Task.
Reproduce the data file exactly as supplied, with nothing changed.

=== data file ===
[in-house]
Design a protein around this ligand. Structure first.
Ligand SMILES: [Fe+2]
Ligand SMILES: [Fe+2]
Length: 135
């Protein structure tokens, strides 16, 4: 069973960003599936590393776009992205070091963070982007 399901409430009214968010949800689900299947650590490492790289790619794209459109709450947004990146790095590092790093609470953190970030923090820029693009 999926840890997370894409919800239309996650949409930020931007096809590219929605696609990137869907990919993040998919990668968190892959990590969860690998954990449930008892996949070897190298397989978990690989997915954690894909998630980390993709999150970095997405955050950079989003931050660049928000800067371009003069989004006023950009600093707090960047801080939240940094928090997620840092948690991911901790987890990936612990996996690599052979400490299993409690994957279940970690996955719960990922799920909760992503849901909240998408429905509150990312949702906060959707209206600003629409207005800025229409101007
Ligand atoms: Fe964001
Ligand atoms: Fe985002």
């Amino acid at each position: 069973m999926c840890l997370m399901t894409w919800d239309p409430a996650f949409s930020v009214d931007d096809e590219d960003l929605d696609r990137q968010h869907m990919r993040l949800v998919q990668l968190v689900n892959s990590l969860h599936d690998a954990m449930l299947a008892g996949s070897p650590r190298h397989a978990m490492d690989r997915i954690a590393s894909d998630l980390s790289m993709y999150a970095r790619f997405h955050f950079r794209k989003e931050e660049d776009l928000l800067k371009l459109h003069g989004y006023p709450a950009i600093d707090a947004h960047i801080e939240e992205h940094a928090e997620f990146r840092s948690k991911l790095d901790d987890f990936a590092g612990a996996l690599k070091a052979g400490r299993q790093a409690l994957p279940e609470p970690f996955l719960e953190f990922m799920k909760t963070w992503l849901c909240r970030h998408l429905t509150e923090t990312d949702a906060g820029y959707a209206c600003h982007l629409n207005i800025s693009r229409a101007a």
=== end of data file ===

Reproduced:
[in-house]
Design a protein around this ligand. Structure first.
Ligand SMILES: [Fe+2]
Ligand SMILES: [Fe+2]
Length: 135
């Protein structure tokens, strides 16, 4: 069973960003599936590393776009992205070091963070982007 399901409430009214968010949800689900299947650590490492790289790619794209459109709450947004990146790095590092790093609470953190970030923090820029693009 999926840890997370894409919800239309996650949409930020931007096809590219929605696609990137869907990919993040998919990668968190892959990590969860690998954990449930008892996949070897190298397989978990690989997915954690894909998630980390993709999150970095997405955050950079989003931050660049928000800067371009003069989004006023950009600093707090960047801080939240940094928090997620840092948690991911901790987890990936612990996996690599052979400490299993409690994957279940970690996955719960990922799920909760992503849901909240998408429905509150990312949702906060959707209206600003629409207005800025229409101007
Ligand atoms: Fe964001
Ligand atoms: Fe985002």
């Amino acid at each position: 069973m999926c840890l997370m399901t894409w919800d239309p409430a996650f949409s930020v009214d931007d096809e590219d960003l929605d696609r990137q968010h869907m990919r993040l949800v998919q990668l968190v689900n892959s990590l969860h599936d690998a954990m449930l299947a008892g996949s070897p650590r190298h397989a978990m490492d690989r997915i954690a590393s894909d998630l980390s790289m993709y999150a970095r790619f997405h955050f950079r794209k989003e931050e660049d776009l928000l800067k371009l459109h003069g989004y006023p709450a950009i600093d707090a947004h960047i801080e939240e992205h940094a928090e997620f990146r840092s948690k991911l790095d901790d987890f990936a590092g612990a996996l690599k070091a052979g400490r299993q790093a409690l994957p279940e609470p970690f996955l719960e953190f990922m799920k909760t963070w992503l849901c909240r970030h998408l429905t509150e923090t990312d949702a906060g820029y959707a209206c600003h982007l629409n207005i800025s693009r229409a101007a």